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The Japanese Anti-Aging Secret – and Most Accurate Marker of Your Biological Age

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Forget about your calendar age except when you can save money by getting a senior discount.

What we need to know is, what is our biological age? That is – how close are we to chronic disease and death?

We all know 80-year-olds who can pass for 50 or 60 – and 50-year-olds who look and act 80.

Actually, how people look is a fairly good gauge of aging, but it’s subjective and imprecise.

What’s the most accurate biomarker to measure whether your body is biologically younger or older than your calendar years?

 

Over the decades, scientists have put forth and discovered many important things to measure, from your waist size to your blood pressure to your telomere length.

Telomeres are the caps at the ends of your DNA strands. They were the focus of a lot of study, especially ten to fifteen years ago.

Different scientists are studying different aspects of aging, and of course they all think their research is the most important. 

None of it is insignificant. But what’s most helpful for us to know and implement into our lifestyles?

 

Japanese Scientists Studied Long-Lived People

They examined 1,554 Japanese who are aging “successfully.” That is, they’re living longer than average and they’re still living in the community – independently.

They include people over 100 and in their 90’s – and their children and spouses.

Their ability to live so long is especially notable given history. These people survived incredible hardships during and after World War II.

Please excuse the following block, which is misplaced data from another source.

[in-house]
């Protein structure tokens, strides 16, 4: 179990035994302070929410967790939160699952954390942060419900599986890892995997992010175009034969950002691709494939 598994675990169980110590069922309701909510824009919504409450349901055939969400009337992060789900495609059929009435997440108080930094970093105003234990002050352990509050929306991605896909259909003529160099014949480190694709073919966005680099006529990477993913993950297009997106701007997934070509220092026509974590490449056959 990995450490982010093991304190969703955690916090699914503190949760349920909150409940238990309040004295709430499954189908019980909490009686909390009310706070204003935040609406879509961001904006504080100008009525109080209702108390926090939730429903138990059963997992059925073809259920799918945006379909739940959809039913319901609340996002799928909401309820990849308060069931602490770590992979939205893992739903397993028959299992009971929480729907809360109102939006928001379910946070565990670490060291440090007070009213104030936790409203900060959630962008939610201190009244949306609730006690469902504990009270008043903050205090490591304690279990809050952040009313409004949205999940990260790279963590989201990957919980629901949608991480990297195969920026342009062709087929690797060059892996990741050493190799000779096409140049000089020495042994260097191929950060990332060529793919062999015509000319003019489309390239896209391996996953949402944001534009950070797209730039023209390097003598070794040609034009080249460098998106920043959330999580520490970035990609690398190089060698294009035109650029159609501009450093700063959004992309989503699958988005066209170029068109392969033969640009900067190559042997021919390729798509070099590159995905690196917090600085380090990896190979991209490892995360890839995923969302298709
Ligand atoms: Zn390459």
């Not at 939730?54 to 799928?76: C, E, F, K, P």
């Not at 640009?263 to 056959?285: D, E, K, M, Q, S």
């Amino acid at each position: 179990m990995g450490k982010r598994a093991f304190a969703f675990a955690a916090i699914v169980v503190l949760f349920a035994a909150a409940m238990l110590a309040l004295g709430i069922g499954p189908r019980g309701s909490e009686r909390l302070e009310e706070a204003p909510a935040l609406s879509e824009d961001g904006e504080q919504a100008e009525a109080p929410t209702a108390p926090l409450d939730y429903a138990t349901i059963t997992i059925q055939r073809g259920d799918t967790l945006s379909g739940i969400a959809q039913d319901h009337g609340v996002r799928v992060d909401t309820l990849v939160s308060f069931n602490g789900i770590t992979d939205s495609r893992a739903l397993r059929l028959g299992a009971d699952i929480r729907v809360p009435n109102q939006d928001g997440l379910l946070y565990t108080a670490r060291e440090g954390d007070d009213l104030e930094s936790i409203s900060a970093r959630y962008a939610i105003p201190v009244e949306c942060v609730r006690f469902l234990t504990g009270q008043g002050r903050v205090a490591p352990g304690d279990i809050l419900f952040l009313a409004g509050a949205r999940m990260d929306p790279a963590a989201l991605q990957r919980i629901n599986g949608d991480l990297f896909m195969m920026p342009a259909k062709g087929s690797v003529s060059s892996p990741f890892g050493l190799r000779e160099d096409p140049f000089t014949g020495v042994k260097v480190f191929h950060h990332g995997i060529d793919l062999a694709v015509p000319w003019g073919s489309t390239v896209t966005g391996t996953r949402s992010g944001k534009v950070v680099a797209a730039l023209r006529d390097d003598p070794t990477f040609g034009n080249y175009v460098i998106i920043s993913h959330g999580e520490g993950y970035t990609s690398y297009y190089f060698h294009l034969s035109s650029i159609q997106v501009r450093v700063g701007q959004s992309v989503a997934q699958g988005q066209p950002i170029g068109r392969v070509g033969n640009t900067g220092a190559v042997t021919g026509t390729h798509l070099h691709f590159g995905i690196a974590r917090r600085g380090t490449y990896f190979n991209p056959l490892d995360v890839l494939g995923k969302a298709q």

The researchers examined them for: telomere length, liver metabolism, glucose metabolism, liver function, inflammation, renal function, haematopoiesis and cellular senescence.

They also tested these subjects for their ability to perform physically and mentally, how many diseases they had and how much longer they survived. 

 

The Winning Biomarker?

Chronic inflammation.

That serves as the best indicator of how well you’re aging, or whether you’re on the fast or slow highway to disease and death.

The study said: “. . . suppression of inflammation is the most important driver of successful longevity . . .”

 

They used three measurements of chronic inflation:

a. The common C-reactive protein test (CRP)

b. Plasma levels of Interleukin 6 (IL-6)

c. Plasma levels of Tumor Necrosis Factor-alpha (TNF-alpha)

 

What’s also exciting for us

1. You can pretty easily find out where you stand.

2. Chronic inflammation is strongly correlated with lifestyle factors under your control.

Ask your doctor for a prescription to test your CRP, IL-6 and TNF-alpha. Or you could maybe find them available online.

And if this is difficult, no problem.

Just assume you now have chronic inflammation. Just about everybody does.

And then resolve to lower it.

The study said anti-inflammatory medicine could, therefore, lengthen people’s lives. But, in fairness, they noted current anti-inflammatory medicine has too many side effects for people to take in the long run. Therefore, they call for the development of “safe” anti-inflammatory medicine.